Table 1

Table 1. Demographic and clinical characteristics of the acute phase and follow up of all included patients.

3.2 MRI findings

Median (IQR) time between clinical onset and initial MRI was 7 (10) days. MRI was performed on the day of admission or sometimes before transfer of the patient to our tertiary care hospital (median 0 days (IQR 1) after hospital admission). Magnetic field strength was 3 Tesla in 37% (n = 48) of our patients. The two neurologists and the neuroradiologist who performed blinded and independent evaluation of MRI scans did not report any major disagreements.

FLAIR signal abnormalities were seen in 30% of all patients (n = 38), with differences depending on the causative agent. Whereas all HSV 1 patients had FLAIR signal abnormalities, only 27% (n = 14) of TBE patients, 31% (n = 16) with unknown disease cause and one VZV patient did. No FLAIR lesions were found in the patients with HSV 2, Epstein Barr virus, enterovirus or influenza encephalitis as shown in Table 2. DWI restrictions were less frequent: overall they occurred in 15% (n = 19) of patients (86% of patients with HSV 1, 15% with unknown cause, 6% with TBE).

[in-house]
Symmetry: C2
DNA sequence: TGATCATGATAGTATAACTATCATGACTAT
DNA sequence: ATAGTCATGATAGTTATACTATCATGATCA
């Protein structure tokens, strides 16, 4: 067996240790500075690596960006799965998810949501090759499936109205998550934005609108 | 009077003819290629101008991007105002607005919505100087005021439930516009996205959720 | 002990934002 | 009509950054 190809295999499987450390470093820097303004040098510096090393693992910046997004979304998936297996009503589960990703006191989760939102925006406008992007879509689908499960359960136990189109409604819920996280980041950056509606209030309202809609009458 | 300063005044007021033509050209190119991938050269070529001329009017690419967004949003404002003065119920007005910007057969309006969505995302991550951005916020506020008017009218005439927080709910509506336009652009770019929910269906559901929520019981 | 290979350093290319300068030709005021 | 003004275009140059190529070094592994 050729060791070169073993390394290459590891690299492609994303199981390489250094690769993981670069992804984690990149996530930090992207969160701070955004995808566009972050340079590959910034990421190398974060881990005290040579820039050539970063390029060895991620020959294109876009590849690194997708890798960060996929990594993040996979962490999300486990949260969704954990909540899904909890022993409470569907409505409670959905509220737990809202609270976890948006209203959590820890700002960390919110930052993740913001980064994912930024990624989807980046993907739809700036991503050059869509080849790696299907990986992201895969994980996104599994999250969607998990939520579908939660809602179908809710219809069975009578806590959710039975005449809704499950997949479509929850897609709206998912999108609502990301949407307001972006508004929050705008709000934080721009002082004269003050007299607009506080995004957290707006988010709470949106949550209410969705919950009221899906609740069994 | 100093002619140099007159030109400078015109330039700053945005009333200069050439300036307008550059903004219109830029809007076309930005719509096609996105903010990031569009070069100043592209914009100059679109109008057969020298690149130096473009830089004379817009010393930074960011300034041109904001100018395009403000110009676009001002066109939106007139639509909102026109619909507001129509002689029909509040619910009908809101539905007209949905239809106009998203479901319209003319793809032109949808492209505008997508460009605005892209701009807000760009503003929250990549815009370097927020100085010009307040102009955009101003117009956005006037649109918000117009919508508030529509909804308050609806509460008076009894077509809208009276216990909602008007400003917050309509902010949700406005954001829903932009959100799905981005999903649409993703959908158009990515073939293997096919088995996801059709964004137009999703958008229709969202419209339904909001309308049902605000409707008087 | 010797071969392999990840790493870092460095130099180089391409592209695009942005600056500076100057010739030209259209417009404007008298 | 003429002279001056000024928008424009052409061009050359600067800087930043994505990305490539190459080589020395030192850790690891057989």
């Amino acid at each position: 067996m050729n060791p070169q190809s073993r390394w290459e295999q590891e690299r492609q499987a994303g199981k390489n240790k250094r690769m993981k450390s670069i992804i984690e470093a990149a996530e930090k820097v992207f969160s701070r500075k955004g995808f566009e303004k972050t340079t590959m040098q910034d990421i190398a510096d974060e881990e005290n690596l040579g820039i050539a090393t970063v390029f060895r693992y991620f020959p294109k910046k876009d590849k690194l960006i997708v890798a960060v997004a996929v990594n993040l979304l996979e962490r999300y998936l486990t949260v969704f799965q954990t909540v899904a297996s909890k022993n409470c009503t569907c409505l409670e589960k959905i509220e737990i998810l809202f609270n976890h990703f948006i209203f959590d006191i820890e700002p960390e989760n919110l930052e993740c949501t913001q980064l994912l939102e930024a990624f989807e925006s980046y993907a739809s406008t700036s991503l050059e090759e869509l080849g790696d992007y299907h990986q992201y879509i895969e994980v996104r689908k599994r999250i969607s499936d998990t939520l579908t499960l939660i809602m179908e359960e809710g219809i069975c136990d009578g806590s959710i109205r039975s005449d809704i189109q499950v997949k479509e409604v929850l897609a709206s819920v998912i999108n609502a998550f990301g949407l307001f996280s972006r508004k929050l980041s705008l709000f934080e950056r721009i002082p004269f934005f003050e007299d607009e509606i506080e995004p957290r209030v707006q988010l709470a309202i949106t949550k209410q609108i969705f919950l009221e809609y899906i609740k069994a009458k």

Table 2

Table 2. MRI characteristics of all patients with encephalitis or meningoencephalitis.

As shown in Figure 2A (and Supplementary Figure S1) FLAIR lesions in TBE patients were quite dispersed, with the thalamus being the most frequently affected region (50%, n = 7), followed by the pontine area (29%, n = 4). The frequencies with which the limbic regions (amygdala and hippocampus each 21%, n = 3) the mesencephalon and the cerebellum (each 21%, n = 3) were affected were all the same. Restricted diffusion (Figure 2B) in TBE patients was found in the midbrain (67%, n = 2) and the pons (33%, n = 1).

Figure 2